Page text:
BMA conference says C+B limits patient choice

  • 26 June 2007

The British Medical Association’s annual conference has condemned Choose and Book as currently unfit for purpose and claimed the scheme actually limits patient choice, echoing criticism from GP representatives earlier this month.

Doctors at this week’s BMA’s annual representative meeting (ARM) passed a motion which branded Choose and Book as unfit for purpose and claimed it was a politically driven initiative to reduce NHS deficits and give the illusion of meeting targets.

Representatives also agreed that the BMA should investigate its impact on referral patterns.

However the ARM held back from calling for the suspension of Choose and Book after Dr Richard Vautrey, a GP in Leeds and a negotiator for the BMA’s General Practitioner Committee, told them that electronic booking was here to stay and that it gave greater control to GPs and patients over the referral process.

He told the conference that the problems lay not with Choose and Book but with the way it was operated by primary care trusts (PCTs) and hospitals. He added: “Its not Choose and Book that is changing referral patterns but hospital trusts and PCTs like my own that are imposing a quota on the number of referrals that they will accept which means that local people are being denied the opportunity to go to the local hospital of their choice and instead are being forced to travel elsewhere.”

Dr Vautrey said doctors should work with Choose and Book to get it right. However consultant gynaecologist Dr Alan Russell told the conference that he has to reject 50% of the referrals he receives through Choose and Book because either they are not appropriate to his specialism or in some cases refer to patients already being cared for by other consultant colleagues.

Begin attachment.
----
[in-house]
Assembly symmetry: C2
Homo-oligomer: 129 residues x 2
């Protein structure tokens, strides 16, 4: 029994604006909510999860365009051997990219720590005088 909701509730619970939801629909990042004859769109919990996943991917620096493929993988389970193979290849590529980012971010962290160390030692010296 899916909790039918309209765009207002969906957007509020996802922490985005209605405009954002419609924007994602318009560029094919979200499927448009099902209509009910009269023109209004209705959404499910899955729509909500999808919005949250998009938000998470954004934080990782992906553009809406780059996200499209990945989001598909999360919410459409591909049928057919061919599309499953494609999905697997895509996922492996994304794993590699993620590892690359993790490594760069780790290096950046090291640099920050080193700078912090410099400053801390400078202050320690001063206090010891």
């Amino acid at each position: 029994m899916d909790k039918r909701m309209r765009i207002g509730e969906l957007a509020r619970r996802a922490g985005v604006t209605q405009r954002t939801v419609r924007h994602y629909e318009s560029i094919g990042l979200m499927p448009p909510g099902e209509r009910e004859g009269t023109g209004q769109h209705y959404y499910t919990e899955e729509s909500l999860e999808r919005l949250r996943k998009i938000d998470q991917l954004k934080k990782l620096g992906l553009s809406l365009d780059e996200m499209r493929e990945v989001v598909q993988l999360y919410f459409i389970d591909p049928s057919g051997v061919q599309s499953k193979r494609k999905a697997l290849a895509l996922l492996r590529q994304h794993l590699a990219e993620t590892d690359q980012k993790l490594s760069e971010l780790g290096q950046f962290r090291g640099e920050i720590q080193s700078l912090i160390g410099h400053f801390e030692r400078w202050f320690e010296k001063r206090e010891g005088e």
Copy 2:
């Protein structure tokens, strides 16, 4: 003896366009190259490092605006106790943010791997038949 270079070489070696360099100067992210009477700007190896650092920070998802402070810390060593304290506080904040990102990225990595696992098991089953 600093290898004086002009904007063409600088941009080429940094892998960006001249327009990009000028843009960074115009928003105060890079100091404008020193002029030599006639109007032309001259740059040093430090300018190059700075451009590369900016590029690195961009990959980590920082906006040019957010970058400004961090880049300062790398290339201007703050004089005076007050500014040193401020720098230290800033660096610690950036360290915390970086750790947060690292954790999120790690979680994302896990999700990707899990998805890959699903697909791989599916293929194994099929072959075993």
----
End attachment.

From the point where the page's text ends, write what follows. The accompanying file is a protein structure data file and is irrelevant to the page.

He added: “The gold standard I still believe is a referral from a GP to a named consultant and anything that comes up needs to be equivalent to that if not better than.”

The ARM also passed a motion claiming that the government’s notion of patient choice did not offer any actual choices desired by patients.

Dr Terry John from Waltham Forest told the conference that patient choice as currently offered by the government would serve only to benefit the wealthy and the articulate at the expense of other patients.

He added: “The government should have asked itself whether unmediated choice will lead to in creased inequity because it favours those with access to information and to transport. We have a really peculiar paradox at the present time – patients do not have a choice about choice. Isn’t it time they have one?”

Dr Sam Everington, acting chairman of the BMA, had earlier attacked the NHS IT programme in his keynote speech to the conference.

Dr Everington told representatives: “What a sorry state the NHS IT system is in. Estimated costs of upward of £20billion, interminable delays, the chaotic shambles that is Choose and Book, growing concerns about patient confidentiality and security – it’s a wonderful exercise in how not to do things.”

Tomorrow doctors will hear motions calling for a public inquiry into Connecting for Health and a call for members not to cooperate with the centralised storage of medical records.

Related articles

GPs say Choose and Book currently ‘unfit for purpose’




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